• ITC is a super liquid stock, and which is why mutual funds might have invested in it, as if and when they face liquidity or redemption pressure, they can immediately sell this stock.

7. L&T

  • Larsen & Toubro Limited, commonly known as L&T, is one of the largest Indian multi-national firms and leading construction company in India headquartered in Mumbai, Maharashtra, India.
  • The results of L&T, of last 12 months, are very good. They have performed in both YoY as well as QoQ basis.
  • There are also news of L&T acquiring Mind Tree where they have already bought some stake in Mind Tree and have now given an open offer. There have been many developments in that hostile takeover attempted of Mind Tree by L&T.
  • But the increased investments are because of their core infrastructure business. L&T has a very strong project pipeline.

8. Kotak Mahindra Bank

  • Kotak Mahindra Bank is an Indian private sector bank headquartered in Mumbai, Maharashtra, India. In February 2003, Reserve Bank of India issued the licence to Kotak Mahindra Finance Ltd., the group’s flagship company, to carry on banking business.
  • Kotak Mahindra is another retail oriented bank, like HDFC bank. It is a very well managed bank.
  • There are no problems with NPA’s of the bank The only bank with the bank is the notice given by RBI to the bank to reduce the promoter holding.

9. Reliance Industries

  • An Indian conglomerate holding company, Reliance Industries Limited has headquarter in Mumbai, Maharashtra, India. Reliance Industries is the largest company in India as per market capitalization.
  • Reliance industries has a very diversified business portfolio. It owns businesses across India engaged in energy, petrochemicals, textiles, natural resources, retail, and telecommunications. The company has very rich cash flow.

10. Maruti Suzuki

  • Maruti Suzuki India Limited, formerly known as Maruti Udyog Limited, is an automobile manufacturer in India. It is a 56.21% owned subsidiary of the Japanese car and motorcycle manufacturer Suzuki Motor Corporation. Currently  it has a market share of around 51% of the Indian passenger car market.
  • Here, the number of mutual fund schemes have gone down. There is no problem with their business model. The reason behind this can be the slowdown in the auto industry. The last 4 years have been very good for the auto companies, but the next 6-8 quarters can continue to be sluggish.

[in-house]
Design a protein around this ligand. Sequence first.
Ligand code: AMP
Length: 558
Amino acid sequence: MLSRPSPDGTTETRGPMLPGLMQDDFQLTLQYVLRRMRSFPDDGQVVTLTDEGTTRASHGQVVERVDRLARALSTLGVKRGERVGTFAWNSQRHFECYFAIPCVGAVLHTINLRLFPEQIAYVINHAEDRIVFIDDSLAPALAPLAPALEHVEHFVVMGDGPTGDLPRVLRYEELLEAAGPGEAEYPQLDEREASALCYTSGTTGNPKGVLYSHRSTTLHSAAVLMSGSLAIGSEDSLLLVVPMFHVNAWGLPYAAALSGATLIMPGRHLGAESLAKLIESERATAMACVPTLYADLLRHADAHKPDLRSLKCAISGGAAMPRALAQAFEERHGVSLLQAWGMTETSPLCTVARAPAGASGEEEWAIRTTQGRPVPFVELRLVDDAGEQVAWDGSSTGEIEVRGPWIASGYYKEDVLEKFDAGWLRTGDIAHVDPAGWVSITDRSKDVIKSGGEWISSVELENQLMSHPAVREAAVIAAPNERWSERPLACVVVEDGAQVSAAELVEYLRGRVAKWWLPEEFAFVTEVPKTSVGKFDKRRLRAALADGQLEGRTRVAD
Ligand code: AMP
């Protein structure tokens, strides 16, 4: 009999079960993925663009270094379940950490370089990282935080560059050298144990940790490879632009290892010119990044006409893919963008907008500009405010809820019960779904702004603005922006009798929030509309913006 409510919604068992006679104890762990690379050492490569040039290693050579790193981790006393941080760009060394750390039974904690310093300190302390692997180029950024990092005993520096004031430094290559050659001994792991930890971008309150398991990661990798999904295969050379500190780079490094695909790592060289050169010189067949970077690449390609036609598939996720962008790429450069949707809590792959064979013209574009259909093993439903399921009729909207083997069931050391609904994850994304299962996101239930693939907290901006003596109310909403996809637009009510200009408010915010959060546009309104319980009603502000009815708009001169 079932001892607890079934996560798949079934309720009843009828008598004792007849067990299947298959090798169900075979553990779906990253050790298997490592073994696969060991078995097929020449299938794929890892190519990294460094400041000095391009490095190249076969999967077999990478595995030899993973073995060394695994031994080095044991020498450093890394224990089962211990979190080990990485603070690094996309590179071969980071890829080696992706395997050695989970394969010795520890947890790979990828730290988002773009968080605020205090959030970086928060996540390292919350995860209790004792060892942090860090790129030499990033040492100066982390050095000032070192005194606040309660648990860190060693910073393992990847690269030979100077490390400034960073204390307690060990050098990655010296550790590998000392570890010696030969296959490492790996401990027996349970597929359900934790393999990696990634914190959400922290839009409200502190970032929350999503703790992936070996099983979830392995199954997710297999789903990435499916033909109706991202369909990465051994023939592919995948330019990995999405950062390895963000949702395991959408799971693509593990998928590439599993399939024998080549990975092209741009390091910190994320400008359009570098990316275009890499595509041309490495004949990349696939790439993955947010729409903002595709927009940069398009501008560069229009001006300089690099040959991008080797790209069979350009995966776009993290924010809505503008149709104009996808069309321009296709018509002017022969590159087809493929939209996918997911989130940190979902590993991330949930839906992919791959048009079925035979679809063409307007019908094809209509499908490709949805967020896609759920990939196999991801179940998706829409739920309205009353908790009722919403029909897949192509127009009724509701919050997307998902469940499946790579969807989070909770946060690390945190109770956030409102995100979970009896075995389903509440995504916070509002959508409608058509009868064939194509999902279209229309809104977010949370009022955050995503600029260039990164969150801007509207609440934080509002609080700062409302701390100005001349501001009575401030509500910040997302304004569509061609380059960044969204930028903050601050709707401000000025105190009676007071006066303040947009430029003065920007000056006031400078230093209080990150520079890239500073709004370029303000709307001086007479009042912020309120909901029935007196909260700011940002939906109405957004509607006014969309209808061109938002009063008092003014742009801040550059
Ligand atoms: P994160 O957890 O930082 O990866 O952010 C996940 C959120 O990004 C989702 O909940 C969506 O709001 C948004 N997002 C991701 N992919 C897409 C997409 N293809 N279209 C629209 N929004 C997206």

1. Markets are expecting that the corporate banks are going to perform well this year, and that is why they have gotten higher allocation than the retail oriented banks.
  2. This year some issues can be seen building in the US economy. There are rumours of USA going for a recession. The 10-year G-sec yields have gone down from 3.18% to 2.48%. the US economy may not grow as per the expectations as there are signs of a slowdown. Thus, there are chances that the IT companies may not have a similar or better year again.
  3. Almost all of the above can looked at as a long term investment option.

Notes: –

  • The numbers that are used are approximate and have been rounded for presentation purposes.
  • We are not in any way saying that these are bad companies, or the stocks of these companies are bad.
  • We are also not suggesting anyone to immediately go and buy these stocks or invest in the stock markets.
  • Only an analysis has been presented here. No judgments or final statements are being made here.
What is Systematic Withdrawal Plan

What is Systematic Withdrawal Plan (SWP)

Systematic Withdrawal Plan : Definition & Example


In our earlier article, what is SIP? we have seen that in SIP, you look at accumulating a corpus by making regular investments into a mutual fund. Whereas in Systematic Withdrawal Plan, you regularly withdraw a fixed amount of money from your fund. Your fund’s value and number of units will reduce to the extent of each withdrawal. The amount to be withdrawn and the frequency— monthly, quarterly, half yearly, or annually—are set by the investor.

definition : what is Systematic Withdrawal Plan?

Systematic Withdrawal Plan
Systematic Withdrawal Plan
  • Systematic Withdrawal Plan or SWP allows an investor to withdraw from his mutual fund scheme every month on an already set date. SWP is used to redeem your investment from a mutual fund scheme in a phased manner. SWP enables you to withdraw money in installments which is not possible in of a case lump sum withdrawals .